For your customized exercise and nutrition program, please contact me at 402-819-8970 or stephsbell@yahoo.com.

How to Throw a Halloween Hootenanny 101

20 Oct
Austin Powers needs his teeth back! Check out the apple and almond butter recipe here: http://recipes.howstuffworks.com/green-meanies-recipe.htm#

Austin Powers needs his teeth back! Check out the apple and almond butter recipe here: http://recipes.howstuffworks.com/green-meanies-recipe.htm#

Let it be said: I am from the generation that slayed vampires as opposed to falling in love with them and letting them sparkle (it must be noted that Buffy the Vampire Slayer did produce some enjoyable vampires in Angel and Spike). So there’s that. Now, let’s enjoy Halloween minus the guilt, shame, upset stomachs and sugar comas!

 

Here are 2014’s Tips for a Halloween Hootenanny to Remember…

1. Bring Nature In. Rather than decorating with candy corn, use acorns, apples, or leaves to add a homey vibe to your fall decor… or (un)lively things like mummies, zombies and spiders. Whatever…

2. Let it Glow! Swap the spider cupcakes and bloody cookie fingers in your gift bags for a G-rated Rave and hand out some glow sticks.

3. Work Your Thang. Build special memories with your kids and show them (and yourself) that play is fun and important for a healthy body. Start the night with a Mini-Monster’s Ball before your dinner. Play the Monster Mash and other fun Halloween tunes and dance your little vampire heart out. After dinner, join the kiddos and walk house-to-house with them while they trick-or-treat. Take turns thinking of different ways to get to the next house… maybe you do the Igor Foot Slide, the Boogie Man Boogie or the Headless Horseman Trot.

4. Bat Wings, Brains and Barf. Doesn’t that menu just scream “Eat Me!?” Plan a fun Halloween dinner that will actually excite the kids to sit down and eat a healthy meal before trick-or-treating. Think chicken “bat” wings, scrambled “brains,” carrot “fingers” with almond “fingernails” (stick the slivered almonds on the carrots with a little hummus), or guacamole vomit (bonus points for extra chunky and having it come out of a pumpkin or other figure) with vegetable dippers.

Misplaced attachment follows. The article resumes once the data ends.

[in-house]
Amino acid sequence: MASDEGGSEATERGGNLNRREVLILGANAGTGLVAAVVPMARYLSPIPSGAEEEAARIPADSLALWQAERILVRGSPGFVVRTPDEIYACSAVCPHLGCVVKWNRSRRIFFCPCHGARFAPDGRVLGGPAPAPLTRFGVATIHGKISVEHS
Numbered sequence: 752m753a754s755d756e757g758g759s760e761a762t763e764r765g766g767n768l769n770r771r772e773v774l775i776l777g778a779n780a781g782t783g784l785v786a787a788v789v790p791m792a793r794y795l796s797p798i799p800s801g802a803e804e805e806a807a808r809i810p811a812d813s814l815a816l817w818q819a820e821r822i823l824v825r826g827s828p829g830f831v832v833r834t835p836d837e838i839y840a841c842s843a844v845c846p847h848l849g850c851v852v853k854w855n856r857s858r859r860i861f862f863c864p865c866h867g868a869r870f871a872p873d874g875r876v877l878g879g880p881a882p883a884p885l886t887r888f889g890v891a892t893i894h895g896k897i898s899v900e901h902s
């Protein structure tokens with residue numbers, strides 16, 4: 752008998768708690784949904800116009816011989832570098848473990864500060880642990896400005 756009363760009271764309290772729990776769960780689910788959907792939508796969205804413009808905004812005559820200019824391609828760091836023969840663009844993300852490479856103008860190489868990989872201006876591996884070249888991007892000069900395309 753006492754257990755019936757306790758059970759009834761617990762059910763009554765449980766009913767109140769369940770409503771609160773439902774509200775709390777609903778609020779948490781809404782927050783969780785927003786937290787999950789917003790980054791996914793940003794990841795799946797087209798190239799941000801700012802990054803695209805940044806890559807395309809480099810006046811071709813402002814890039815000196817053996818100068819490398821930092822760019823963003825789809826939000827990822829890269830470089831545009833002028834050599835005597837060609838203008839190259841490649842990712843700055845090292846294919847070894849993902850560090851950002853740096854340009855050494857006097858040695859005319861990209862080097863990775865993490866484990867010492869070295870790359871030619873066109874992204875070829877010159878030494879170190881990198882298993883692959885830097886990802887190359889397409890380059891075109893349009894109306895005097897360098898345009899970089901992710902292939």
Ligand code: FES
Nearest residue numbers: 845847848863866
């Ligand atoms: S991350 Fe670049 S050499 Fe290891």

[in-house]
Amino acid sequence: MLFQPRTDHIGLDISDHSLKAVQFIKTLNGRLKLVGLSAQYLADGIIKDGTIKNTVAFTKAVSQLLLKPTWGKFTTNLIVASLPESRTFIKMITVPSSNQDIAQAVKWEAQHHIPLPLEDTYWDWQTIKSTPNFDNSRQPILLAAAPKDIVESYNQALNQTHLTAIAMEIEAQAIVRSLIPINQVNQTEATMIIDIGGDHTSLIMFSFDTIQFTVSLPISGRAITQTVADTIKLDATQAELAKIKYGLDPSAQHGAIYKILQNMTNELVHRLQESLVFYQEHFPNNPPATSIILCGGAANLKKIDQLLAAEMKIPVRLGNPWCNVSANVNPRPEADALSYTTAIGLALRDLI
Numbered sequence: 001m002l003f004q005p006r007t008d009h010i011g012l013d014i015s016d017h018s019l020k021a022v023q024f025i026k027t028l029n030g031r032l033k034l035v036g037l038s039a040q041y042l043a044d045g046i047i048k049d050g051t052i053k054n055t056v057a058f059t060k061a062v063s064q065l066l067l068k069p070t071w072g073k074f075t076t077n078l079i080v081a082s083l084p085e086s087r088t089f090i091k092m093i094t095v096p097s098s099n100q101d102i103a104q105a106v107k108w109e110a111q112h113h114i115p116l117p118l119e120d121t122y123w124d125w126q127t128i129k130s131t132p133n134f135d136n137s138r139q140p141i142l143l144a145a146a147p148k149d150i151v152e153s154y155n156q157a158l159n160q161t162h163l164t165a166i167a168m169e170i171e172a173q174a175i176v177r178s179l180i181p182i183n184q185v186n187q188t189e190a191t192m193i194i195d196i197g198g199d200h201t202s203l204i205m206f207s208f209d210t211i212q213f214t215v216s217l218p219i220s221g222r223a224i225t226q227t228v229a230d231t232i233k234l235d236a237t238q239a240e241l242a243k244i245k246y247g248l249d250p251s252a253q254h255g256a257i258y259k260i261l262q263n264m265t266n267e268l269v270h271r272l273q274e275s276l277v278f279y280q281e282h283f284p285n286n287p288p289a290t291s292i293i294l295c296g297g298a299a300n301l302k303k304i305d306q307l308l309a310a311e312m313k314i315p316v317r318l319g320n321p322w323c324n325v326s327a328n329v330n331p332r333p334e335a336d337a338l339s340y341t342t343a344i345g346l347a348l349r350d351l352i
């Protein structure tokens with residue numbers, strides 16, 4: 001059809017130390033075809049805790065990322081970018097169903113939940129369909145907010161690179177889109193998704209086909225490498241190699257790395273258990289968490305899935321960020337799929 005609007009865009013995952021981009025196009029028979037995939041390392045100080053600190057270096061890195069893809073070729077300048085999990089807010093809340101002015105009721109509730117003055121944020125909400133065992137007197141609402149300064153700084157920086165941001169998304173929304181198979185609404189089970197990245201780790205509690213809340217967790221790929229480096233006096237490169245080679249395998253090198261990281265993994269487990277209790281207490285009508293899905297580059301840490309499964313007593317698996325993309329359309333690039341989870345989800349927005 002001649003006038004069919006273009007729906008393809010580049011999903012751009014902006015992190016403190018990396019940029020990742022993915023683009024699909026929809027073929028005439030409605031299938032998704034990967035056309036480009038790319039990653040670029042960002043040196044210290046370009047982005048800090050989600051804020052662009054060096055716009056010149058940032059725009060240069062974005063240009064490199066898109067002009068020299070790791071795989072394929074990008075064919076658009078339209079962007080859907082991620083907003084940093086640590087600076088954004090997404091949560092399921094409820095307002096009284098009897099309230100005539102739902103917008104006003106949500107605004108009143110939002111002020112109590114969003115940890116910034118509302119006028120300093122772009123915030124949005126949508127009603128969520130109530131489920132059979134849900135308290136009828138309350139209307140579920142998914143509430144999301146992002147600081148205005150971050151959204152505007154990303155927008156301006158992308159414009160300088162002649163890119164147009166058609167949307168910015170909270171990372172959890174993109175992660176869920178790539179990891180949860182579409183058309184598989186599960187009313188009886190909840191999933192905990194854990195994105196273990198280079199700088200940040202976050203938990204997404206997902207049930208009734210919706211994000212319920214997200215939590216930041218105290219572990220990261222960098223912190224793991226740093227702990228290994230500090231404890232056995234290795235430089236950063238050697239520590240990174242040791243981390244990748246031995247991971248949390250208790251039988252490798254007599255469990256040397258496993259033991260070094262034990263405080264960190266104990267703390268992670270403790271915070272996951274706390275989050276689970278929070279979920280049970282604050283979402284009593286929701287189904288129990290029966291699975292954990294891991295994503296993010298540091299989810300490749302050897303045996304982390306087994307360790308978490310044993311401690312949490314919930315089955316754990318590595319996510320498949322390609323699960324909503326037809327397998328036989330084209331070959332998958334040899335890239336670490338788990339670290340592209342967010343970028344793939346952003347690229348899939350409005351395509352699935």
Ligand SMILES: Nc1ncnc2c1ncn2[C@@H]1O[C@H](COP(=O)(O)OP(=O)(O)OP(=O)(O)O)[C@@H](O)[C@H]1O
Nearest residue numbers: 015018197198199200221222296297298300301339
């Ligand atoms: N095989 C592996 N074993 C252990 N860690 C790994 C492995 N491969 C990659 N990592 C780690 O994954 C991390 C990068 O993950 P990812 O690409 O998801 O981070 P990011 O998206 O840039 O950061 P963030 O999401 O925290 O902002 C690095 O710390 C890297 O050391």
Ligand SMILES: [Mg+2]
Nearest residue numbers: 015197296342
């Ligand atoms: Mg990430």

5. Savor Your Sweets with Enjoyment and Pleasure. It is Halloween, have your favorite candy or cookie or dark-chocolate dipped carameled apple and enjoy it in the company of your family or friends. The key is to not just devour it, but savor it. Eat it slowly, taking time to notice all of the flavors, colors, textures and feelings. Make it a game and see who can eat the slowest. The more we enjoy food, the less power it has over us and the better we realize that one actually is enough.

6. Spread the Love. Allow your kids to choose 10 pieces of their favorite bite-size candy (a month supply at two pieces per week). Allow them (and yourself) to have one or two pieces of candy that night. Place the remainder in the freezer, picking one night during the week when they may have two more pieces of candy. This will give all of you something to look forward to and know that you aren’t depriving yourself of your favorite sweet treat. After they choose their candy, bag the rest and donate it or throw it away. Many organizations and dentist offices will collect the candy (and some will pay you for it) and donate it to troops overseas. Go to http://www.halloweencandybuyback.com for a list of participating businesses.

Whatever you decide to do this Halloween, laugh often, be safe and enjoy the little moments in life.

How to Flourish In Your Body

6 Oct
Enjoy every experience and be present in the moment... even when you are grocery shopping.

Enjoy every experience and be present in the moment… even when you are grocery shopping.

There is no need to

shame,

beat,

punish or

diet our body to good health.

 

Rather, let us

ACCEPT (that we are perfectly imperfect)

RESPECT (our body and know we deserve to feel amazing)

LISTEN (to our body and what it truly needs)

FEEL (that our self-worth is not in our appearance)

and LOVE our body. (that’s it–just love)

 

Then, true health will SHINE throughout us.